As an Agile Coach, Miško is responsible for teaching his co-workers to maintain the highest level of automated testing culture, allowing frequent releases of applications with high quality. He is very involved in Open Source community and an author of several open source projects. Recently his interest in Test Driven Developement turned into with which he hopes will change the testing culture of the open source community. Misko is a DZone MVB and is not an employee of DZone and has posted 38 posts at DZone. You can read more from them at their website. View Full User Profile

Configure your IDE to run your tests automatically

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When I develop code I write test first and always run my tests. But it can get rather tedious to run the tests manually every so often. Here is a common scenario. Your tests are green and you start doing whole bunch of refactorings which you think are trivial and safe. When you are done you run the tests and it is broken. The problem is that you did ten little things and you don’t know which of the ten things you did broke the code. The solution is to run the test more often, but we just forget.

What I want is to have my IDE run my tests every time I do a change without me doing anything. This way even though I am doing ten little changes the IDE runs the tests ten times. The moment you do something which you thing is safe but it turns out that it makes your tests fail your IDE should tell you. You than simply hit Cntl-Z (undo) and you are back in business.

What I want is for my IDE to run my tests every time I save the code. To do this my tests need to be fast, because my patience after hitting Cntl-S is about two seconds. Anything longer than that and I will get annoyed. If you start running your tests after every save from test zero you will automatically make sure that your test will never become slow, since as soon as your tests start to run slow you will be forced to refactor your tests to make them faster.

Obviously this technique is only useful for true unit-tests since they are fast. I do not run my scenario tests as part of Cntl-S.

I only know how to set this up on Eclipse, so perhaps people with IDE or NetBeans can chime in. I have already set up the project for you here so all you need to do is download and try it out. But here are the steps

  1. Create a Project: Eclipse has this cool feature which compiles your code continuously on every save. This is great, as what it really means is that your code is always compiled and you never have to wait for  a compilation step in eclipse.
  2. Create a JUnit Text runner as shown here: here
  3. Create an ANT build file which will run your text runner from the eclipse compiled folder. This way the ant does not have to continuously compile your code.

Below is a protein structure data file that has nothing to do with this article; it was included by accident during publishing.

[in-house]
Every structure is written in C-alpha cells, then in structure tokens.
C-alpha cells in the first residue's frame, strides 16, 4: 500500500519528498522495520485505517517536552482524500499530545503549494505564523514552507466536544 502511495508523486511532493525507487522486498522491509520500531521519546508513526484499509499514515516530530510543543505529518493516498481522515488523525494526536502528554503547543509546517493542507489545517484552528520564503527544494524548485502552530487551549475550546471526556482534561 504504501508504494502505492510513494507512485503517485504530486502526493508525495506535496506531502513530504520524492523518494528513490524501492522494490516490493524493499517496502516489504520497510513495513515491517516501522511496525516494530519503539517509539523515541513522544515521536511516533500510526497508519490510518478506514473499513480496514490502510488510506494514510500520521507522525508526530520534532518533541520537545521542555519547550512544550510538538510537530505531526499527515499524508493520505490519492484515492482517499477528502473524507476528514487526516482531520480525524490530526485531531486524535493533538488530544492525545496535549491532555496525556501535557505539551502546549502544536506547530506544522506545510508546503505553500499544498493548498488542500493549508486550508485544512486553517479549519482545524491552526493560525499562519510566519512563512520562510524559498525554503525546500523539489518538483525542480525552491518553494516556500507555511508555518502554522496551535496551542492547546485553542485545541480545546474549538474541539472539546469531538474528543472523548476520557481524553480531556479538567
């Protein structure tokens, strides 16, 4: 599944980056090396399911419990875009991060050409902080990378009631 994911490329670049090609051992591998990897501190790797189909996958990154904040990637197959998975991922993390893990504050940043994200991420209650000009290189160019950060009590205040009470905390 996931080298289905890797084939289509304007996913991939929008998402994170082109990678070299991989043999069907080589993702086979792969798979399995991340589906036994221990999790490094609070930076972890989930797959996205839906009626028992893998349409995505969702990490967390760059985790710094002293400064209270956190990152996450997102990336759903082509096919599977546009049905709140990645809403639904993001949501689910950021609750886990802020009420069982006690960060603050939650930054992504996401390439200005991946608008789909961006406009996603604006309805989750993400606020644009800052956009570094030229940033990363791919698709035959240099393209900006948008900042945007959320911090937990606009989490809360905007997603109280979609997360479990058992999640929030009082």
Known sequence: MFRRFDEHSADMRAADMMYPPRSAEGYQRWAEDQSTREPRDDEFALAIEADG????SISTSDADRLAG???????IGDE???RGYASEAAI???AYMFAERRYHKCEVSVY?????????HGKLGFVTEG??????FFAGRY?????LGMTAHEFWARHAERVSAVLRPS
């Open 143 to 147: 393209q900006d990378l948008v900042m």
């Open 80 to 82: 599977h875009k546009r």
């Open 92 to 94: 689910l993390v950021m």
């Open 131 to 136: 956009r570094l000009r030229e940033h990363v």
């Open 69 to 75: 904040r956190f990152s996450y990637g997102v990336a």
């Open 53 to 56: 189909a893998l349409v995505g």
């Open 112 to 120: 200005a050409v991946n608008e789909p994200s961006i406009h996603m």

4. Tell Eclipse to run your ant target after every compilation cycle. This is known as Builder in Eclipse.
    1. Open project properties: Right click project -> Properties
    2. Create new ant builder step after the Java Builder in eclipse: Builders -> new -> Ant Builder
    3. Give your builder a nice name. Here is what to do on each tab. (I thing eclipse has a bug and you need to hit Apply every time you change tabs)
      • Main: Select the build file; base directory (This specifies which ant filet to use)
      • Targets: Select your ANT target for: “After Clean”, “Manual Build”, and “Auto Build” (most important) (This specifies that after ever build it should also run your ANT target.)
      • Build Options: Check “Specify working set” and select all of your source folders. (This specifies which file changes will trigger this builder, in our case any file change)

Or just grab my repository form here and import the already made project 00_AutoTest and try it out.

Happy test running…

Published at DZone with permission of Misko Hevery, author and DZone MVB.

(Note: Opinions expressed in this article and its replies are the opinions of their respective authors and not those of DZone, Inc.)


Rod Coffin replied on Fri, 2009/05/08 - 10:06am

Hi Misko, Have you tried out Infinitest ( yet? It does exactly this for you automatically and is more intelligent about which test need to be run and which don't. Regards, Rod

Daniele Dellafiore replied on Fri, 2009/05/08 - 12:29pm

Kent Beck himself is developing a continuous testing plugin for eclipse colled JUnit Max:

Maarten Meijer replied on Sat, 2009/05/09 - 3:26pm

How about task context aware junit testst using Mylyn? Only run the tests that are in context...

Maarten Meijer replied on Sat, 2009/05/09 - 3:26pm

How about task context aware junit testst using Mylyn? Only run the tests that are in context...

Walter Bogaardt replied on Tue, 2009/06/30 - 9:34am

I assume you use unit test groups to identify your unit tests from your other suites of test.This the thing I like about JUnit with the annotations.

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